It has been a while since a film has had me sat on the edge of my seat as the tension overwhelmed me. Well, today, we look at just such a movie that I was honestly struggling to find the right genre to categorise it. It is sort of a western but not, it is sort of a noir film but not, a detective hunt but not. But whatever it is, it was engaging from start to finish.
So to set the scene, we open in on a family in a full happy mode as they get ready for the day. James Blackledge (Ryan Bruce) is out working breaking in a horse as his father George (Kevin Costner) watches on. Back in the homestead, his mother Margaret (Diane Lane) is making breakfast while his wife Lorna (Kayli Carter) is trying to corral their new baby. As James takes out the horse for a ride, everyone is working together, that is until the horse comes back without its rider. Three years later, Lorna is re-marring Donnie Weboy (Will Brittain), and she and her little one Jimmy (Bram Hornung/ Otto Hornung) go to move in with him. Much to the consternation of Margret and George, that is only elevated when one day Lorna and Donnie skip town without telling and take Jimmy along with them.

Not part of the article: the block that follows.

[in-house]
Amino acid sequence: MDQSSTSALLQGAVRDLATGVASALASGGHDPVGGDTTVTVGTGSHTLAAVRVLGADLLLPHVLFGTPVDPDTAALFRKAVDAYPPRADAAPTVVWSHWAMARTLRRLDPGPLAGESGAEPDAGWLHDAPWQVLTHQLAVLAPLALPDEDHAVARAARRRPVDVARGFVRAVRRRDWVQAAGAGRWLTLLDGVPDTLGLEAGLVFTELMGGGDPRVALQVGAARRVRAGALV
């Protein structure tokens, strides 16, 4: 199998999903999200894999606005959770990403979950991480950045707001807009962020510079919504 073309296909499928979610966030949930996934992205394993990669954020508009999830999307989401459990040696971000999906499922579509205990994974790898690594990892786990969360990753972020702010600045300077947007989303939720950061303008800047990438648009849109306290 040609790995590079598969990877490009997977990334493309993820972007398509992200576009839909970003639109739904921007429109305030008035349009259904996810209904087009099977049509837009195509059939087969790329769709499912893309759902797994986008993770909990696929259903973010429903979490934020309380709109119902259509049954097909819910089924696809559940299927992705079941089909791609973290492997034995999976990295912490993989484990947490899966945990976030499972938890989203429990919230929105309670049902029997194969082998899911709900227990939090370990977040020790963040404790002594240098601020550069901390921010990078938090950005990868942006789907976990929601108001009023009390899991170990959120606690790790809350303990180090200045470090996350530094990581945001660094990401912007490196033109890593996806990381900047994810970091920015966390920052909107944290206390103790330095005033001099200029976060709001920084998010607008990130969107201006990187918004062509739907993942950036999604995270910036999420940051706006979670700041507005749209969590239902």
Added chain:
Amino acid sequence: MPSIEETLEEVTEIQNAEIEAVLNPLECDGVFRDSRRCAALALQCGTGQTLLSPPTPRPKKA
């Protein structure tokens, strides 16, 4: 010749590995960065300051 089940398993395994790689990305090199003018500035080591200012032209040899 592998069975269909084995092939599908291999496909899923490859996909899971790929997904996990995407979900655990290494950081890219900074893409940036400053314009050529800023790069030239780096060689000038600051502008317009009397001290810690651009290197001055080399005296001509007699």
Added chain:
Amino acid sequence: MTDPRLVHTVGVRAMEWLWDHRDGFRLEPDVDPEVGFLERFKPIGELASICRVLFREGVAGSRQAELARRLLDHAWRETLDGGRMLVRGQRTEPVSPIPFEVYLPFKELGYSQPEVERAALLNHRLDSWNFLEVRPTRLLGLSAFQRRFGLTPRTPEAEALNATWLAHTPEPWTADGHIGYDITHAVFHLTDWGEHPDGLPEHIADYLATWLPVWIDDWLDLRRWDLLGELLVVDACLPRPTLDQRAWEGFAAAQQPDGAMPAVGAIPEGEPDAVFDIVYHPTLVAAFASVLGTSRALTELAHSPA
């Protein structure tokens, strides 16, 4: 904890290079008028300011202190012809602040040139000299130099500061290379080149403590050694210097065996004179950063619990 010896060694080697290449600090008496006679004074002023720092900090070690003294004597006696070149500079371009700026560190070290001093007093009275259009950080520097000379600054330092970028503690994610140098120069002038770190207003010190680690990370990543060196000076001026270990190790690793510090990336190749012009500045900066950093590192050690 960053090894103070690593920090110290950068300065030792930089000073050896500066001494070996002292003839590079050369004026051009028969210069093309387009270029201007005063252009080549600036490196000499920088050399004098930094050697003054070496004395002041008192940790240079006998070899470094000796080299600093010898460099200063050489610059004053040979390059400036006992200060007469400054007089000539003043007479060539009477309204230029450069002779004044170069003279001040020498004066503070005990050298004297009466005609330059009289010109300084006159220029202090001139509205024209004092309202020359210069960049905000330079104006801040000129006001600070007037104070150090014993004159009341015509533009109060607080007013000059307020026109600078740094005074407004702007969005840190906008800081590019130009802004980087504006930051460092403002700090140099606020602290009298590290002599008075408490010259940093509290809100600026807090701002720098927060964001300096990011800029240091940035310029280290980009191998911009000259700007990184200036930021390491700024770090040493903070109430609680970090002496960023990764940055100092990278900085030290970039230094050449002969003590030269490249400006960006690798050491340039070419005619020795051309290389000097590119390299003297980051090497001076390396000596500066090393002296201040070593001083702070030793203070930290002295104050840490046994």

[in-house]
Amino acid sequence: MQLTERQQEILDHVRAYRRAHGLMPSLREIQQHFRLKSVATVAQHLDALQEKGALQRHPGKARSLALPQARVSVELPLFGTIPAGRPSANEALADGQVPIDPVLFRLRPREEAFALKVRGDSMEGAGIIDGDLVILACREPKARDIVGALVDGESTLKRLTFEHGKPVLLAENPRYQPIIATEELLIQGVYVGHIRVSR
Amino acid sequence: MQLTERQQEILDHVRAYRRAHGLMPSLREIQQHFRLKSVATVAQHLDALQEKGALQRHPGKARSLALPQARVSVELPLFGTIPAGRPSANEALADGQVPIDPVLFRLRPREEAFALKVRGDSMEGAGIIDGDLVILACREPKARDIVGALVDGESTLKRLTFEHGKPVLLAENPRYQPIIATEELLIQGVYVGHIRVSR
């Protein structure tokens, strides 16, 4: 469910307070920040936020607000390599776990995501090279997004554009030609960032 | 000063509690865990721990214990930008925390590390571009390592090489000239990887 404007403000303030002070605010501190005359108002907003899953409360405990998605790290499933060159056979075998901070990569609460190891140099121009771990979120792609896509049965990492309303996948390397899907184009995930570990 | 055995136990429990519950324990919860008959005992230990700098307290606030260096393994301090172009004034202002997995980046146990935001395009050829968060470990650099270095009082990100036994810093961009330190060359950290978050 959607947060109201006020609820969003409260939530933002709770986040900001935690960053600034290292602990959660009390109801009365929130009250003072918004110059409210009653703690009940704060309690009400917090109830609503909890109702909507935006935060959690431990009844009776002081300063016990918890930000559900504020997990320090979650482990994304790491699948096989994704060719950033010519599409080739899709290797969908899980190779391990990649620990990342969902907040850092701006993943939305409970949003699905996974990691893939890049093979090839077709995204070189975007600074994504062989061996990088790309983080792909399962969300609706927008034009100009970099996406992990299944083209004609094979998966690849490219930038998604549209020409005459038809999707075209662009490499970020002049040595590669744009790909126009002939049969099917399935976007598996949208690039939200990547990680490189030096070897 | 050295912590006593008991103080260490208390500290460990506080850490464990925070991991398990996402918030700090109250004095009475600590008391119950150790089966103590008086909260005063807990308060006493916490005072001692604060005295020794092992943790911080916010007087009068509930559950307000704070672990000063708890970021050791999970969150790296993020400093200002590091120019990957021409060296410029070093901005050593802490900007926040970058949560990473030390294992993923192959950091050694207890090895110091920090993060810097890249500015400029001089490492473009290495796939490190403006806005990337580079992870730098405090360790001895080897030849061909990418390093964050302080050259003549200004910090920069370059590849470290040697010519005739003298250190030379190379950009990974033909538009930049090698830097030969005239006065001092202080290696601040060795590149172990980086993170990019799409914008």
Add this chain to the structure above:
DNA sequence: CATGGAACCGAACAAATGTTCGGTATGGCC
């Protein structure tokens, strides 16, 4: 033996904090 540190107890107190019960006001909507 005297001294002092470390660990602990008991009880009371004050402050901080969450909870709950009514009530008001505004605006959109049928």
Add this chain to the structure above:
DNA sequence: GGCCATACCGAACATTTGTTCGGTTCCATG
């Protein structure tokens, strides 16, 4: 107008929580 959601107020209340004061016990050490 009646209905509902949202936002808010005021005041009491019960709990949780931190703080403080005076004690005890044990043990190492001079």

TL;DR – Exploring the interplay of power and greed, and how lives can change in an instant, also you got Aaron Sorkin walk and talks, so what’s not to like?
Score – 3.5 out of 5 stars
Post-Credit Scene – No
Today is an interesting week because we are looking at a film that is both from a first-time director but also one of the industries long-time greats, Aaron Sorkin. So today we will see if his walk and talk dialogue works when he is the one behind the camera? Now before we start, because of the way the film is structured it is hard to talk about it at all without getting into [SPOILER] territory almost immediately, so if you have not seen the film probably be careful when proceeding.
TL;DR – Hidden Figures is an amazing film about our past and very much relevant in our present, that when you oppress people it holds everyone back.
Score – 4.5 out of 5 stars
Straight from the start, I should say I love movies about space, the history, NASA, the satellites, probes, and rockets, I watched the Curiosity landing even though it was very early in the morning here. So what I am saying is Hidden Figures, much like The Martian & The Dish, is a film that automatically peaks my interest before I make it to the cinema. This means that I have to be really careful when reviewing these films to make sure I am being objective and not just getting caught up in my joy of the subject material, but even with a cautious approach Hidden Figures still knocks it out of the park, or knocks it into orbit, or, wait no I think I am starting to mix metaphors here.